For detection of fluorescent signals, we used the Alexa-conjugated secondary antibody system (Invitrogen, Carlsbad, CA, USA) and an inverted fluorescence Axiovert 200 microscope (Carl Zeiss, Jena, Germany) equipped with a live cell imaging heating and CO2 chamber mounted to a CoolSnapHQ CCD camera (Roper Scientific, Martinsried, Germany). Confocal images were taken using a Zeiss LSM519 laser scanning confocal using 63× magnification Plan Apochromat objective. A detailed description is provided in Additional file 7.
Statistics and bioinformatics
Detailed information and description of statistical analysis on co-localisation studies, intensity translocation values, western blot quantification, used databases and artwork programmes is provided in Additional file 7.
We provide an inventory of supplemental information, supplemental experimental procedures, supplemental information and supplemental references (Additional file 7).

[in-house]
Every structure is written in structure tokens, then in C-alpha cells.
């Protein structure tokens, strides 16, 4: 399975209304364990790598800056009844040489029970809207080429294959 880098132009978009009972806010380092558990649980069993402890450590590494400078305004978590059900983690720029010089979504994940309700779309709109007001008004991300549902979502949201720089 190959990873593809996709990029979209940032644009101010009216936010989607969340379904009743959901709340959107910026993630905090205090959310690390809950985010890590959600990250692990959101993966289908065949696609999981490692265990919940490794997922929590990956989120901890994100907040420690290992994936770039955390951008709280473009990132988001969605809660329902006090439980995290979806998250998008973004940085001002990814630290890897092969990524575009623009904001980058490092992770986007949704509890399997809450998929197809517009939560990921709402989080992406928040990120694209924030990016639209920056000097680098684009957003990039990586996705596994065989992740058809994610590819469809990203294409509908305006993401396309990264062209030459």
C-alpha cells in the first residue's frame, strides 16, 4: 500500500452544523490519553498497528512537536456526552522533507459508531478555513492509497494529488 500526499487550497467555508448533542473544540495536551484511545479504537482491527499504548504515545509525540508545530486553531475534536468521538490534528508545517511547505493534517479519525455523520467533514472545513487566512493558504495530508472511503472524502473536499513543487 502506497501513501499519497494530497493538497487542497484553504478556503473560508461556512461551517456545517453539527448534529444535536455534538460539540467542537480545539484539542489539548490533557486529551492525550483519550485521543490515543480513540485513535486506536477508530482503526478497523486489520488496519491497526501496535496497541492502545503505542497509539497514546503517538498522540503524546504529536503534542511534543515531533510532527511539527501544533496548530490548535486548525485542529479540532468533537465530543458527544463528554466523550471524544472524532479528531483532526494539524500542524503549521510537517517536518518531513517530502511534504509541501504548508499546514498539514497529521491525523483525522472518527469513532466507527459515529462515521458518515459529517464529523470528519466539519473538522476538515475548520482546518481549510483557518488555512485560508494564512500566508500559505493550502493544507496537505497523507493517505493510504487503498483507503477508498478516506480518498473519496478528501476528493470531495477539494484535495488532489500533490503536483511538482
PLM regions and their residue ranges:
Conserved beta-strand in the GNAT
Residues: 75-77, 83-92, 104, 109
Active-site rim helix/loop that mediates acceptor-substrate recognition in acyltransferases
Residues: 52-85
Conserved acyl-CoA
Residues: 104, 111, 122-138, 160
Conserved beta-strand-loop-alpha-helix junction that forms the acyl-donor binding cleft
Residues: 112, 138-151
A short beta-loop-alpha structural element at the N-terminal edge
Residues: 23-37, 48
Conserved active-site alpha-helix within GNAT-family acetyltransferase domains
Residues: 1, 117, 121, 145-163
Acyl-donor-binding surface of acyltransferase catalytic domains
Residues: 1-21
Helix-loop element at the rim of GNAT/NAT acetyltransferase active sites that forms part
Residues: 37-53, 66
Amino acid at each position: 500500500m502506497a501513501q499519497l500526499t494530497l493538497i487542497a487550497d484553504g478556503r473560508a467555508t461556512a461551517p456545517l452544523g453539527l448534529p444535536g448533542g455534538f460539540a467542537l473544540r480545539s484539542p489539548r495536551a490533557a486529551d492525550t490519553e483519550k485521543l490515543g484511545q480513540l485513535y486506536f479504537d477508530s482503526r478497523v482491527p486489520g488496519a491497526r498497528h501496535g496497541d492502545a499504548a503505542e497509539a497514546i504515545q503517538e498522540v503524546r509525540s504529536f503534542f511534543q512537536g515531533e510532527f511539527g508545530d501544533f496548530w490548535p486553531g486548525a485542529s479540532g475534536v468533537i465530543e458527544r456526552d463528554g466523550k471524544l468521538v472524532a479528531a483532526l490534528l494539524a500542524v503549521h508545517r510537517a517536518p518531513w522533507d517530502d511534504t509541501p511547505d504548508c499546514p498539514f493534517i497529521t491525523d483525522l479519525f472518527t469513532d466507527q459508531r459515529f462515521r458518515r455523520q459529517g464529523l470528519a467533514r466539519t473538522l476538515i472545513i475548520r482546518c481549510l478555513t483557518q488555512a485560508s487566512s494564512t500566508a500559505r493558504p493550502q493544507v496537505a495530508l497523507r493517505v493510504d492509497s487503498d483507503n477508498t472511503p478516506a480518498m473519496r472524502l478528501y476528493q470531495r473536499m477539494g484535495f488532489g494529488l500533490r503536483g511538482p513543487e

BMP-induced signalling complex
Bone morphogenetic protein 2
Bone morphogenetic protein receptor type I/II
BMP receptor type II-long form
BMP receptor type II-short form
Cytoplasmic linker associated proteins
Fluorescent lipophilic cationic indocarbocyanine dye I
Fluorescent lipophilic cationic indocarbocyanine dye O
Human influenza hemagglutinin-tag
Inter-Src homology 2 domain
p110 catalytic subunit p110 alpha
PI3K regulatory subunit p55 gamma
Planar cell polarity
Pleckstrin homology domain
- PHLDB2 (also known as LL5β):
Pleckstrin homology-like domain family B member 2
Src homology 2 domain
Transforming growth factor beta
This work was supported by the Berlin Brandenburg School for Regenerative Therapies (DFG graduate school 203, fellowship to CH and AD) and by SFB958 (to PK) as well as Sonnenfeld-Stiftung (to CH) and funding from the Berlin School of Integrative Oncology (to AB). We thank Prof. Dr Sebald (Würzburg, Germany) for recombinant BMP2 and Prof. Dr Vanhaesebroeck (UCL, London, UK) for DNA constructs. We thank Gisela Wendel and Johanna Scholz for excellent technical support. We are grateful to Dr Mariona Graupera, Prof. Dr Anne Ridley and Dr David Yadin for valuable comments.